On 19 November 1806, Hamburg was taken by Napoleon’s troops. The following 7 ½ years made an impact on the city in many ways. Today, street names and supposedly even the Franzbrötchen, a popular pastry with cinnamon, tell of the presence of the French. Economically it was a dark page in the history of the Hanseatic city and the population had to suffer a lot. At the same time, the basis for a modern administration was established. While it was taken back in Hamburg afterwards, it still was the model for today’s civil registry offices.
The Civil Code replaced municipal law. Modern administrative policies, a modern financial sector and the separation of administration and justice as well as state and church were introduced to Hamburg. From 1811 onwards, the city was capital of the Département des Bouches d l’Elbe and officially part of the French empire. There were many regional institutions located in Hamburg.
In 1811, the French legislation became officially effective, too. Civil status registers of the French style were established in Hamburg. For the first time civil status matters were not only matters of the church, but assigned to state authorities. These innovations were mostly disestablished due to a big hate on the French after the occupation ended, although many of them were quite reasonable.
The hate wasn’t unfounded, though. Economically the time of the French in Hamburg had a severe impact. The city was an important trading center for British goods on the continent. It therefore was crucial for the enforcement of Napoleon’s Continental System against Britain. It was the second most important economic partner of Hamburg, next to France. Accordingly, the trading ban led to the bankruptcy of many companies. Violations were punished severely and British goods were burned. Mass unemployment followed and with it poverty. Special taxes and on top the accommodation and food for the French soldiers were further burdens.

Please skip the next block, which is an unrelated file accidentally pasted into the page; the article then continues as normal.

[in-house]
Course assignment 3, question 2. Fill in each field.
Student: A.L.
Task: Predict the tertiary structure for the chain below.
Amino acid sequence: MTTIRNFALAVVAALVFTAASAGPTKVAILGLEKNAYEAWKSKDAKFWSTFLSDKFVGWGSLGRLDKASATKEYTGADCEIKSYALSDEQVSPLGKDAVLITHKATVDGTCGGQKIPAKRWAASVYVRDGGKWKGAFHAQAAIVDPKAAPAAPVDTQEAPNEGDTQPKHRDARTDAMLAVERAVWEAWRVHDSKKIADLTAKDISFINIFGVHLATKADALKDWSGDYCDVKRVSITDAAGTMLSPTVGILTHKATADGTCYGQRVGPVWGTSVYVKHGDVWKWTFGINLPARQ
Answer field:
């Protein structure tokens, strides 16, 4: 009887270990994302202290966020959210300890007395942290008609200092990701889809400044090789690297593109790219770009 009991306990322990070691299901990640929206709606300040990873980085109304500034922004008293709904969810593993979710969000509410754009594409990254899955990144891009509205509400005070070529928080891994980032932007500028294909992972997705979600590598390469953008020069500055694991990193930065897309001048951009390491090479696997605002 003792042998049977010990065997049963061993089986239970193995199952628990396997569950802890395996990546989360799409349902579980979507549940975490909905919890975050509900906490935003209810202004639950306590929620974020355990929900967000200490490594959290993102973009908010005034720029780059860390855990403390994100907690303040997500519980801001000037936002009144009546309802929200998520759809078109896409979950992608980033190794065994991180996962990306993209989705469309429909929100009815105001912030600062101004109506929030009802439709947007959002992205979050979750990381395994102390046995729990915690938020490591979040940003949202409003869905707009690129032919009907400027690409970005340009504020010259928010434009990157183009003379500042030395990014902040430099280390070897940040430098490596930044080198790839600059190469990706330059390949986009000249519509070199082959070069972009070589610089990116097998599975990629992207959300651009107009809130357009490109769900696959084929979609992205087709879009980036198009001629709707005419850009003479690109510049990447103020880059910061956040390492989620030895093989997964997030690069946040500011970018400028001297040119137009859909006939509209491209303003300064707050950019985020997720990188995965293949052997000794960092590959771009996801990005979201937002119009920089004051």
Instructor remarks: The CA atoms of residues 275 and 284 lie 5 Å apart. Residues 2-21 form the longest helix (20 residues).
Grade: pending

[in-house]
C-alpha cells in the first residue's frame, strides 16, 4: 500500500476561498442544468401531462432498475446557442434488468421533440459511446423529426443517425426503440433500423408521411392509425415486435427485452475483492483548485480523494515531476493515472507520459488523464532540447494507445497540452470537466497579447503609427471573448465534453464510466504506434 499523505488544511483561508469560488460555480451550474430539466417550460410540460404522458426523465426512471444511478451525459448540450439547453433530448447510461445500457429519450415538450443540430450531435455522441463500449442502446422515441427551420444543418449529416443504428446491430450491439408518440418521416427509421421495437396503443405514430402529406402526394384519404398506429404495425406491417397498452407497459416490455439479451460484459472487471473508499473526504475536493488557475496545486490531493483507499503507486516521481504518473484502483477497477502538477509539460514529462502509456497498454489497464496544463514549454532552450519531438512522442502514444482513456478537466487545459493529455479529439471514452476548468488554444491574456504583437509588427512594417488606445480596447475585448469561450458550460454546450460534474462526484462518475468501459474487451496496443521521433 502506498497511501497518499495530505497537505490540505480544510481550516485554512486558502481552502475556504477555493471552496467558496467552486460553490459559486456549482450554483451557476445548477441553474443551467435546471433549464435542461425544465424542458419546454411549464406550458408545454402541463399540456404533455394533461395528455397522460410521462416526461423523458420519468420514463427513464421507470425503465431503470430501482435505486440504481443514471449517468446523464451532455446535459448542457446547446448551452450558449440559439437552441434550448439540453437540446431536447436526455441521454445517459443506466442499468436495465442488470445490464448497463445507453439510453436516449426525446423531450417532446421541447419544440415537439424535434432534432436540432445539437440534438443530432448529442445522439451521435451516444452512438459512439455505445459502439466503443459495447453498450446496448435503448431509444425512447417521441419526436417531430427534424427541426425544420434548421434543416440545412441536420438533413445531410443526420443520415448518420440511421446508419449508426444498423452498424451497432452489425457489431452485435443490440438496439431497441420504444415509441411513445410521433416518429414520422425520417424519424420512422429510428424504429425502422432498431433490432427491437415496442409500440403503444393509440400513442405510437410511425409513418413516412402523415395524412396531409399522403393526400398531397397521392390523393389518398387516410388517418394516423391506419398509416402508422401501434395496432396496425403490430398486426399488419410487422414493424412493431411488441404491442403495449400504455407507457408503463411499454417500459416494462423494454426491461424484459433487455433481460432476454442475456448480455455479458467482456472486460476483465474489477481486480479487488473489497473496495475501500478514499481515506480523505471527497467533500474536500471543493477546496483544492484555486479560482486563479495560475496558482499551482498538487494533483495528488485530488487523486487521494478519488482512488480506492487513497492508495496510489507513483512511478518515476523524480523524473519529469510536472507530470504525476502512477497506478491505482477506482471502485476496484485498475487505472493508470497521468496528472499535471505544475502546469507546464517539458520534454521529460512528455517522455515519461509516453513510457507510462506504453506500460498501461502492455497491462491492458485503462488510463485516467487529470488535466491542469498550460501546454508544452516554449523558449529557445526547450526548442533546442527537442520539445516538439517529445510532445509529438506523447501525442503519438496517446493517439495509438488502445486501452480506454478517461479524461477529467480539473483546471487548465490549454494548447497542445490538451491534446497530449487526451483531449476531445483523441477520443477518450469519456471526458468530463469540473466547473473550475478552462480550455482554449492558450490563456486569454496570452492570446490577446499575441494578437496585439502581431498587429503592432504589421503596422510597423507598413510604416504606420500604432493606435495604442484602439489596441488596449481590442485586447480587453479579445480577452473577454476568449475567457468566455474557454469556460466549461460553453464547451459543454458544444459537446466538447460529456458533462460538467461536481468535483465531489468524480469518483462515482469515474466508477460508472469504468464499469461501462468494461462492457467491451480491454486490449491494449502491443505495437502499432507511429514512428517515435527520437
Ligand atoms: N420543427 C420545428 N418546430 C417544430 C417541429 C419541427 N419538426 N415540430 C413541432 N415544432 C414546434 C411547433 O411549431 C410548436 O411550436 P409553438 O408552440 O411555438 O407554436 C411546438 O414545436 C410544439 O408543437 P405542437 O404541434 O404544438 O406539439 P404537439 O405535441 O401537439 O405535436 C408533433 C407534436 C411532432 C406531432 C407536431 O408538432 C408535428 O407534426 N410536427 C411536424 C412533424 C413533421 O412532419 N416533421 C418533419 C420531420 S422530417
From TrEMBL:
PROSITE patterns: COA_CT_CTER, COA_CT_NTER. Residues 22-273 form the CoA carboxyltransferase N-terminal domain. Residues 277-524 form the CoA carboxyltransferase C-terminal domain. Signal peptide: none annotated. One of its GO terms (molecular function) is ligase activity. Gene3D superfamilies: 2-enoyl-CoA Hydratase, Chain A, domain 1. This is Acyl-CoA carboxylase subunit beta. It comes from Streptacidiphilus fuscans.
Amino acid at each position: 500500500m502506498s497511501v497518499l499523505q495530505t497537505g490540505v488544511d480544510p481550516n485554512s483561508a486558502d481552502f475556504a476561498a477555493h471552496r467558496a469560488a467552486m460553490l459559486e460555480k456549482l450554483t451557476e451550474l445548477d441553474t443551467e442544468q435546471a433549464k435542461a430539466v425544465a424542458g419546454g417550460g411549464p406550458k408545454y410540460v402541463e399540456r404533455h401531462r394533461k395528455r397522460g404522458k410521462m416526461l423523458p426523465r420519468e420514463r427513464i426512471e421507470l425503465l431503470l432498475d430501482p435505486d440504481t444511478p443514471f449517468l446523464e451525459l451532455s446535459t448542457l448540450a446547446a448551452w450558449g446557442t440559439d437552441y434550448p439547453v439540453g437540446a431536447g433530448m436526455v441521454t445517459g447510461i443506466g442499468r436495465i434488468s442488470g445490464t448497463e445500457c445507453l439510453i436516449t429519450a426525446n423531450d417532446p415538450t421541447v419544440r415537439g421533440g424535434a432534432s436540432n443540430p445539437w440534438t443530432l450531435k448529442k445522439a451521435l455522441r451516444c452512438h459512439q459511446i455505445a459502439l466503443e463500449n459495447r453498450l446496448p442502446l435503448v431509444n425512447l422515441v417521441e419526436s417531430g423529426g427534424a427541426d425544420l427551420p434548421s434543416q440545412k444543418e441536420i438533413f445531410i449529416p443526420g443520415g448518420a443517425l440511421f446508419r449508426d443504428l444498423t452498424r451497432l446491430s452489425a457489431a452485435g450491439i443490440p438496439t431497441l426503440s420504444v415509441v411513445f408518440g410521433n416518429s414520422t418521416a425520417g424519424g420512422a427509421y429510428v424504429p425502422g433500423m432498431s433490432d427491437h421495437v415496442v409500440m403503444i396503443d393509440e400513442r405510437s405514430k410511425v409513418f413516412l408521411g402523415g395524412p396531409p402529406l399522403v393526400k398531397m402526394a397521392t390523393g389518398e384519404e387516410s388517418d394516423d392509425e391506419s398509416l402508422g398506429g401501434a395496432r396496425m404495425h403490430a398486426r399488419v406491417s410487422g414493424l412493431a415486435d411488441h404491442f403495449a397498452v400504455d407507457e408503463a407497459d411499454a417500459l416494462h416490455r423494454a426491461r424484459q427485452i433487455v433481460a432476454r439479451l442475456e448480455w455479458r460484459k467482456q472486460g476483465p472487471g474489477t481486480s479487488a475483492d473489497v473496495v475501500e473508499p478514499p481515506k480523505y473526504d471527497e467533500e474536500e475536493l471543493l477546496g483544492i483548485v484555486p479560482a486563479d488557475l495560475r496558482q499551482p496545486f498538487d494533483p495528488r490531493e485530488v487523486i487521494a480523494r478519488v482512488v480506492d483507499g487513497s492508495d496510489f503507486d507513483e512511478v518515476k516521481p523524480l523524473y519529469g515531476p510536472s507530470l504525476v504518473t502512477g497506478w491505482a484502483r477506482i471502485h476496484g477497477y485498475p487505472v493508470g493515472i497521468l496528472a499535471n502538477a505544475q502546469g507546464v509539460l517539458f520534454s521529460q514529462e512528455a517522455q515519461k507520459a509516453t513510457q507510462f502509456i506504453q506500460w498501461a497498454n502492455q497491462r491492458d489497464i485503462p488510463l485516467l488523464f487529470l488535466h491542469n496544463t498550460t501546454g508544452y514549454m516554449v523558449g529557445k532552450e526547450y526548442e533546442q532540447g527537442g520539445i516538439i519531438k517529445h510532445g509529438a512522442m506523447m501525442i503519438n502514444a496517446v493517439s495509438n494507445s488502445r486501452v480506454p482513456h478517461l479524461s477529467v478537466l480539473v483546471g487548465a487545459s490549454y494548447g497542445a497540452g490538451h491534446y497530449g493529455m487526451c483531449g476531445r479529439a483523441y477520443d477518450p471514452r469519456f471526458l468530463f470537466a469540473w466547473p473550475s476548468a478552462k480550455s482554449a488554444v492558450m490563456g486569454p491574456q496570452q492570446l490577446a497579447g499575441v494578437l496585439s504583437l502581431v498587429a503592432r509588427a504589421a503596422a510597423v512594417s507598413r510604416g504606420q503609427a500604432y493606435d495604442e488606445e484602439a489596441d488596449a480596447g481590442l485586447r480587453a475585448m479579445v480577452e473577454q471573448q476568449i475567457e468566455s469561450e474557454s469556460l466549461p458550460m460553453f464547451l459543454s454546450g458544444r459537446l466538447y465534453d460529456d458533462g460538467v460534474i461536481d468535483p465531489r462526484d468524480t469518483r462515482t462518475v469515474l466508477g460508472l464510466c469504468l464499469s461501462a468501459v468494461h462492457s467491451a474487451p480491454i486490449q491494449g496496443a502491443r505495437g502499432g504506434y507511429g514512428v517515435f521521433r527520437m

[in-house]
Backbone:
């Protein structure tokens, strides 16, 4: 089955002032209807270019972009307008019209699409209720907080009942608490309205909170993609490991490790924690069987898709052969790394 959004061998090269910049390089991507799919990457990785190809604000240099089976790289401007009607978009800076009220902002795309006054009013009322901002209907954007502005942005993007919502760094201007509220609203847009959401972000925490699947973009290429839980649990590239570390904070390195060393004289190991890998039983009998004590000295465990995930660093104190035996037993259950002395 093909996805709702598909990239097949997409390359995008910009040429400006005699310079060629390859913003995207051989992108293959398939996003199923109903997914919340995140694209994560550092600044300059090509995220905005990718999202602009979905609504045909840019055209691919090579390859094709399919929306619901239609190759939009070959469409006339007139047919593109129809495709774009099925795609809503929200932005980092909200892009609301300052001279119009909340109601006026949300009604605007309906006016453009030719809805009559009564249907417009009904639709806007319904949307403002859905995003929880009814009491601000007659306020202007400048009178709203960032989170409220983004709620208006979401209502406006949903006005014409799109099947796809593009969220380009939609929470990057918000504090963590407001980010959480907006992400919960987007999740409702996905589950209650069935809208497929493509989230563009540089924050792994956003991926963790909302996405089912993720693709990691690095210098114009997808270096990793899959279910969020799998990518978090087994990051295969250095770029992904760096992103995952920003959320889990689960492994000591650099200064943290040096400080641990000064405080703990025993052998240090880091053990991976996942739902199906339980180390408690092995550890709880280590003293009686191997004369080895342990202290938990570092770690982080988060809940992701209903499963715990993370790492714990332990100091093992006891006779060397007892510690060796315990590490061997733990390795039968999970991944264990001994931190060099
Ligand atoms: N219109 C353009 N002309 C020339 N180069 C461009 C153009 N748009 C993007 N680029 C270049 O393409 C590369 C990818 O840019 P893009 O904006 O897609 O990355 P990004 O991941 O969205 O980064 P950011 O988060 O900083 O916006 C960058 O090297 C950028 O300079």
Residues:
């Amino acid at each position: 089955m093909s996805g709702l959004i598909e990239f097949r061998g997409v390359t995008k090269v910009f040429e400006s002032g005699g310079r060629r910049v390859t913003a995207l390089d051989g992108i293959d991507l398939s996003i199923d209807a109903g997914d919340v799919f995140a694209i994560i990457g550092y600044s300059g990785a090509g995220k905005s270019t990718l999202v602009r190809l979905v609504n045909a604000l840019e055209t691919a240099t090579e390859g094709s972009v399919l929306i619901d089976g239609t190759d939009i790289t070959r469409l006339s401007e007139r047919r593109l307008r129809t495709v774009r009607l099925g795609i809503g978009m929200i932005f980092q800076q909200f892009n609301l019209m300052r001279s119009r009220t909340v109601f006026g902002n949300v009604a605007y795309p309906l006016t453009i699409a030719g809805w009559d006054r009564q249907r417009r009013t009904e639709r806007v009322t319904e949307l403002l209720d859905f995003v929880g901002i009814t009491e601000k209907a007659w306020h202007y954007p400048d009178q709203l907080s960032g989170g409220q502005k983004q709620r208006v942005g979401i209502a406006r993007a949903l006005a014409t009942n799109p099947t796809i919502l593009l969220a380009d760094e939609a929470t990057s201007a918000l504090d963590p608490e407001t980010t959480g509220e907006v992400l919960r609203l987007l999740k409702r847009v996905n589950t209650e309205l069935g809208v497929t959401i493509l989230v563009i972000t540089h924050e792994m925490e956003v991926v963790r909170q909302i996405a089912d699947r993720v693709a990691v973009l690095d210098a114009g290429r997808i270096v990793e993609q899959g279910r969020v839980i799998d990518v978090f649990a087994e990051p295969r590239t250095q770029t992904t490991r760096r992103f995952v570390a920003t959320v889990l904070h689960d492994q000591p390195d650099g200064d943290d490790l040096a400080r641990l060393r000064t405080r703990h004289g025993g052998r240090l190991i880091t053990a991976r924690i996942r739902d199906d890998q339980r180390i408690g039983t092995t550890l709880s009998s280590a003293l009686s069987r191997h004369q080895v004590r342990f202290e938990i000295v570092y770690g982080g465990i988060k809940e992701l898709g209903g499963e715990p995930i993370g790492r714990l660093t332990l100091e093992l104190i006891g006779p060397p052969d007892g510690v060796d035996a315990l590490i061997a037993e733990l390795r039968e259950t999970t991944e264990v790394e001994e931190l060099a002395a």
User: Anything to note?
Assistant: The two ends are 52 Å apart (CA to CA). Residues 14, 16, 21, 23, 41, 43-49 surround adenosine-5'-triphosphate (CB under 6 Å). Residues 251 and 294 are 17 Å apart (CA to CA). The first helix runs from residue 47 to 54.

In February 1813, there was a short uprising of the lower classes against the French occupancy, but it wasn’t supported by the more wealthy citizens. In the following month, Hamburg was freed by Russian troops and for about 2 months representatives of the old senate and citizenship were ruling again. But as early as the beginning of May the French authorities took over again. As a punishment, the city had to pay 48 Million Franc and the Silver depot of the Hamburg bank was confiscated.
The following last 12 months under French occupancy brought even more suffering than the preceding years. The city was fortified together with Harburg. Therefore, buildings, trees, fences and hedges in front of the ramparts were burned, trenches deepened and walls raised. The main churches were converted. In the course of it even a 4.1 km (about 2.5 miles) wooden bridge over the river Elbe was build from Grasbrook to Harburg. It was destroyed only a few years later.
To be able to survive the foreseeable besiegement of the city, it was ordered that from November 1813 onwards, every household had to have food for 6 months. Many couldn’t afford this and were banished from the city, if detected. However, the city soon ran short on supplies, after it was under besiegement from December onwards. On Christmas Eve 1813, men, women and children who weren’t able to produce the required supplies, were first herded in churches and then, on Christmas and Boxing Day, banished from the city in the direction of Altona. Many of them died. In Ottensen alone, there was a mass grave for 1,138 persons. Until the end of March a total number of 30,000 people were banished.
It was not until the end of May 1814, nearly two months after Napoleon resigned, that Hamburg was handed over to the coalition forces. In the following year, the Congress of Vienna guaranteed Hamburg’s sovereignty.